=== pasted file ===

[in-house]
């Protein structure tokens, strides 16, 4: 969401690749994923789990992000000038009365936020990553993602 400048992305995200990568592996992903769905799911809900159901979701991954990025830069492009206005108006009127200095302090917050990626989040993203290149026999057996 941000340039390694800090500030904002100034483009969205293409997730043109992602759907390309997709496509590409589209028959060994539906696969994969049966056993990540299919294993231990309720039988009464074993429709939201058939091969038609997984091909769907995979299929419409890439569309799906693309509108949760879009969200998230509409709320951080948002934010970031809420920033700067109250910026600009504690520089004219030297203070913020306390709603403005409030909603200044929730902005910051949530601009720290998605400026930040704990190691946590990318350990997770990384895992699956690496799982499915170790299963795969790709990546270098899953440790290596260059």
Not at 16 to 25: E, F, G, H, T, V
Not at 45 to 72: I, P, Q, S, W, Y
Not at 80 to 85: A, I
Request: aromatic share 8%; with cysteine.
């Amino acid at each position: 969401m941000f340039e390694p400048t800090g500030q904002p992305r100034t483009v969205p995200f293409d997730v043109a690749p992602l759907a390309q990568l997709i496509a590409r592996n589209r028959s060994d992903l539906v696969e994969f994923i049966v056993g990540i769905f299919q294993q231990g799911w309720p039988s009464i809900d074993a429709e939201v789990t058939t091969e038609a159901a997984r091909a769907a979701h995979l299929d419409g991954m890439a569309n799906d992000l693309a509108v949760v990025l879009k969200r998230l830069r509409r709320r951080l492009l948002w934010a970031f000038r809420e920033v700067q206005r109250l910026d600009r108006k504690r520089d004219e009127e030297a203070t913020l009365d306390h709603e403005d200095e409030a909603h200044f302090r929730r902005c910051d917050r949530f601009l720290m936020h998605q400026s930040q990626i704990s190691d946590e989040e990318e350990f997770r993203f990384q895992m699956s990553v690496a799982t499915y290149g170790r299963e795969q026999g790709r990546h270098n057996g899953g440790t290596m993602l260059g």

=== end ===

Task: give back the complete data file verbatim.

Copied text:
[in-house]
């Protein structure tokens, strides 16, 4: 969401690749994923789990992000000038009365936020990553993602 400048992305995200990568592996992903769905799911809900159901979701991954990025830069492009206005108006009127200095302090917050990626989040993203290149026999057996 941000340039390694800090500030904002100034483009969205293409997730043109992602759907390309997709496509590409589209028959060994539906696969994969049966056993990540299919294993231990309720039988009464074993429709939201058939091969038609997984091909769907995979299929419409890439569309799906693309509108949760879009969200998230509409709320951080948002934010970031809420920033700067109250910026600009504690520089004219030297203070913020306390709603403005409030909603200044929730902005910051949530601009720290998605400026930040704990190691946590990318350990997770990384895992699956690496799982499915170790299963795969790709990546270098899953440790290596260059």
Not at 16 to 25: E, F, G, H, T, V
Not at 45 to 72: I, P, Q, S, W, Y
Not at 80 to 85: A, I
Request: aromatic share 8%; with cysteine.
């Amino acid at each position: 969401m941000f340039e390694p400048t800090g500030q904002p992305r100034t483009v969205p995200f293409d997730v043109a690749p992602l759907a390309q990568l997709i496509a590409r592996n589209r028959s060994d992903l539906v696969e994969f994923i049966v056993g990540i769905f299919q294993q231990g799911w309720p039988s009464i809900d074993a429709e939201v789990t058939t091969e038609a159901a997984r091909a769907a979701h995979l299929d419409g991954m890439a569309n799906d992000l693309a509108v949760v990025l879009k969200r998230l830069r509409r709320r951080l492009l948002w934010a970031f000038r809420e920033v700067q206005r109250l910026d600009r108006k504690r520089d004219e009127e030297a203070t913020l009365d306390h709603e403005d200095e409030a909603h200044f302090r929730r902005c910051d917050r949530f601009l720290m936020h998605q400026s930040q990626i704990s190691d946590e989040e990318e350990f997770r993203f990384q895992m699956s990553v690496a799982t499915y290149g170790r299963e795969q026999g790709r990546h270098n057996g899953g440790t290596m993602l260059g």